Taiwan’s military modernisation has been dependent on the US in past years. They have secured various arms deals, including acquiring M109A6 Paladin howitzersM1A2T Abrams tanks, Stinger missiles, and F-16 jets. These sales have drawn criticism and sanctions from Beijing, which views Taiwan as its territory and opposes US interference. In the face of conflict, Taiwan would be stripped of its purchasing power, as evidenced by Ukraine relying on donations following Russia’s invasion. 

Countering China’s assertiveness in the Indo-Pacific 

The escalating rivalry with China propels the surge in US defence expenditure. Recognising the significance of the Indo-Pacific theatre, the Department of Defense (DoD) is spearheading a strategic pivot to bolster regional stability and safeguard American interests. This shift reveals a concerted effort to fortify alliances, erecting a pro-US presence in the region. Central to this endeavour is the imperative to counterbalance Chinese military advancements, prompting sustained investment in defence initiatives.

China’s aggressive aerial activities in the Indo-Pacific, aimed at asserting its territorial claims and implementing the One China policy, have sparked concerns about escalating tensions in the region—recent incidents, including dangerous intercepts of US assets

Fuelling a surge in defence spending by countering Russian aggression

The full-scale invasion of Ukraine in 2022 propelled the United States into a pivotal role, expanding its military and geopolitical support for the embattled nation. As the largest supplier of military aid to Ukraine since the Russian invasion, the US has played a central role in countering Russian aggression in Europe. With countering Russian military activities a top geostrategic priority, continued US support for Ukraine is all but assured, resulting in a projected increase in defence spending. Since January 2022, the US has allocated $46.6bn in security assistance, weaponry, and equipment to Ukraine, as per GlobalData’s intelligence on the US defence market.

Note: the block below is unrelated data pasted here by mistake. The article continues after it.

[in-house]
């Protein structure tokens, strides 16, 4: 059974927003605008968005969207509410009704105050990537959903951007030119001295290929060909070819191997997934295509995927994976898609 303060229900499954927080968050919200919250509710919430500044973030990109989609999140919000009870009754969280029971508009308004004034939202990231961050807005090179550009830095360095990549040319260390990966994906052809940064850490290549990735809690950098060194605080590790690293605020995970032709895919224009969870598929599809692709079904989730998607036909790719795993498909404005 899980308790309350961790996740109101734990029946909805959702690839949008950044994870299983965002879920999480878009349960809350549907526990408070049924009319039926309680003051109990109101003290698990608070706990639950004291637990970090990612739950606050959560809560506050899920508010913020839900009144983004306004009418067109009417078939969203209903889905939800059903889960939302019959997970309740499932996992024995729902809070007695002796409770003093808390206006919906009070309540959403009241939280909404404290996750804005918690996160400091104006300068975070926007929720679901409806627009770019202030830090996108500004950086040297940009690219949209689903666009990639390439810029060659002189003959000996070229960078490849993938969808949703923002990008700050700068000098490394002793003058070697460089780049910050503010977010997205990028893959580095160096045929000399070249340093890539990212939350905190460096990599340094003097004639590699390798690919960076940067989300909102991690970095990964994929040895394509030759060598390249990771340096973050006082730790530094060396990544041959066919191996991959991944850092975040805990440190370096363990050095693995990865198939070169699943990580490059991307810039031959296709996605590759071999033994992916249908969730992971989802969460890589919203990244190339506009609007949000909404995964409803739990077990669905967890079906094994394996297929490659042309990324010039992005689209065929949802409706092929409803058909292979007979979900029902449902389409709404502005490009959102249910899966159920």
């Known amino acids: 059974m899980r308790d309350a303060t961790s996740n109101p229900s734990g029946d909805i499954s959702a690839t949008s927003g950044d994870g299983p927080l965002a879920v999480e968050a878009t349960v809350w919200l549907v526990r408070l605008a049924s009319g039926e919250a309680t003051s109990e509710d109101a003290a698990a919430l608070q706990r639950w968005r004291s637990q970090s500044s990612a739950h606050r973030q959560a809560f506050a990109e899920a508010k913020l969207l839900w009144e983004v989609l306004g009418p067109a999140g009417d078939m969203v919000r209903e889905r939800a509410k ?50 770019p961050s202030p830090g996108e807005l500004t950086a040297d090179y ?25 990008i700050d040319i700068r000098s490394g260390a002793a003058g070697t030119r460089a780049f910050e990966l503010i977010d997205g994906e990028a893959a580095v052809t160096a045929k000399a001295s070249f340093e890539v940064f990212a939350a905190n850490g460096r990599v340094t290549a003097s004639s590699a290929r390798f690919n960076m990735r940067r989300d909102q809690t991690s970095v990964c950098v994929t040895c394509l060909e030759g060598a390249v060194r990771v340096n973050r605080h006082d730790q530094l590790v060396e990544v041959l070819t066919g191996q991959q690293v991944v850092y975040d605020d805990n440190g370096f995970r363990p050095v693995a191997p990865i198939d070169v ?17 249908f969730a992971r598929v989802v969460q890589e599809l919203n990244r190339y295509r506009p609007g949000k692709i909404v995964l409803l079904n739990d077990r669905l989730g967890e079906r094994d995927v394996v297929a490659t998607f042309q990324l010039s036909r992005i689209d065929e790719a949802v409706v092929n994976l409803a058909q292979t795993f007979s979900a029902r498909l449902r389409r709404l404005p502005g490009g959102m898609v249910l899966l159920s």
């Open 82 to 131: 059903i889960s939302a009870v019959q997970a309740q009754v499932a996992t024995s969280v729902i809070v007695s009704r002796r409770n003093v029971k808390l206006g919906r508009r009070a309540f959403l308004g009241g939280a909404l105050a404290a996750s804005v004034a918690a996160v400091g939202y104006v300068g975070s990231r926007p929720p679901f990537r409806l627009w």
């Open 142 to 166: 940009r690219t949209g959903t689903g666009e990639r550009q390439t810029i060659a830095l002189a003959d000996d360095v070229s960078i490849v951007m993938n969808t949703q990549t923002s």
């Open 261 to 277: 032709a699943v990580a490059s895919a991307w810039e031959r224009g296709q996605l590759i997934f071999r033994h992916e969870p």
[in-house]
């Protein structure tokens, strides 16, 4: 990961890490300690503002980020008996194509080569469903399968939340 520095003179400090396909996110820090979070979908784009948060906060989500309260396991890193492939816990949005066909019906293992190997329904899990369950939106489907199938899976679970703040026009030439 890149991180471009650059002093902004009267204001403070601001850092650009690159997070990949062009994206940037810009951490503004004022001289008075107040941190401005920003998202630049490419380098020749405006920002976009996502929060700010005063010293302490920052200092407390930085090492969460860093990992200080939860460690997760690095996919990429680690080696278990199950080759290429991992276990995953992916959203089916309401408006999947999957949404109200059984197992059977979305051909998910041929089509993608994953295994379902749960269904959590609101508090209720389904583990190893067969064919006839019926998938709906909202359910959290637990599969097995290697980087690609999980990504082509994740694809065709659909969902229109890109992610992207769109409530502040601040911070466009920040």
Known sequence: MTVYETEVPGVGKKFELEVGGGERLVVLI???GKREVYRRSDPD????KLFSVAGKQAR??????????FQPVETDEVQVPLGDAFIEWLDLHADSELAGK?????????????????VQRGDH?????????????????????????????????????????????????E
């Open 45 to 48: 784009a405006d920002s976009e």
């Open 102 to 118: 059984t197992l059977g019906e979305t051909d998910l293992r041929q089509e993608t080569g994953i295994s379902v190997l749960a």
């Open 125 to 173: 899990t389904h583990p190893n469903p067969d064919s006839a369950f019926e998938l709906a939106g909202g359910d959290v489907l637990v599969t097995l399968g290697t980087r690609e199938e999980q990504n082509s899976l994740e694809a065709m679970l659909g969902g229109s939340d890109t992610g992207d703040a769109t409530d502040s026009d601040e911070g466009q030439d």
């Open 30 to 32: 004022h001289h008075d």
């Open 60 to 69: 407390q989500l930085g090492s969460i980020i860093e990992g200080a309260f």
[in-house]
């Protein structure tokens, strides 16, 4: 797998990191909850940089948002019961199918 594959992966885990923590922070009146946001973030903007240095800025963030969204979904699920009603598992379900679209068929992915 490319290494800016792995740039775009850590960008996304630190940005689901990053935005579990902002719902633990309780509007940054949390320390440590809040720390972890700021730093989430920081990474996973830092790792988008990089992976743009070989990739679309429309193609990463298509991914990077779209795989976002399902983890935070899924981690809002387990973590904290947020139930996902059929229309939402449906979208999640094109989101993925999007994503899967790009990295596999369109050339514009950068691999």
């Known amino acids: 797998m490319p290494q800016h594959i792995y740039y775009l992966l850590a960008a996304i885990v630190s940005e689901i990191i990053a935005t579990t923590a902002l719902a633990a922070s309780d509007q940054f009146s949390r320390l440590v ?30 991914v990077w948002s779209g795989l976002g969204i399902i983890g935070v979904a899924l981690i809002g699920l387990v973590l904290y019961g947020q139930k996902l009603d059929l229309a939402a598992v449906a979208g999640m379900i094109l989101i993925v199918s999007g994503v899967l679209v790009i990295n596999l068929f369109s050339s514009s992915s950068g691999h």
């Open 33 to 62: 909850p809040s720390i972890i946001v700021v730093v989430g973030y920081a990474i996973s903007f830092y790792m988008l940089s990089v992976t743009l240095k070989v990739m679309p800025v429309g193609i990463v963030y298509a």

Israel – Hamas conflict: Driving US defence spending

The recent escalation of tensions in the Middle East has intensified the logistical challenges faced by the Department of Defense (DoD), with simultaneous commitments to supporting both Israel and Ukraine. The conflict between Israel and the Hamas terrorist organisation has emerged as a primary catalyst for increased US defence expenditure. As Israel’s strongest ally and top recipient of US foreign aid, the United States has provided military equipment and financial support to the Israeli Defence Forces (IDF). Motivated by Israel’s strategic significance and security needs, US law mandates the supply of military technology to ensure Israel’s qualitative advantage, according to GlobalData’s “US Defense Market 2023-2028” report. 

The US deployed its Ford Carrier Strike Group to the Eastern Mediterranean and directed the US Air Force to support the Israeli Defence Forces (IDF) in response to Hamas’ attack on Israel. Additionally, the US Department of Defense announced the delivery of munitions to Israel to replenish its stocks. This support coincides with other developments, such as the constructing of a new missile manufacturing facility in East Camden, Arkansas, by the joint Israeli-US venture R2S.

The defence industry can expect sustained growth in American investment and procurement initiatives, as tensions with global adversaries show no signs of abating.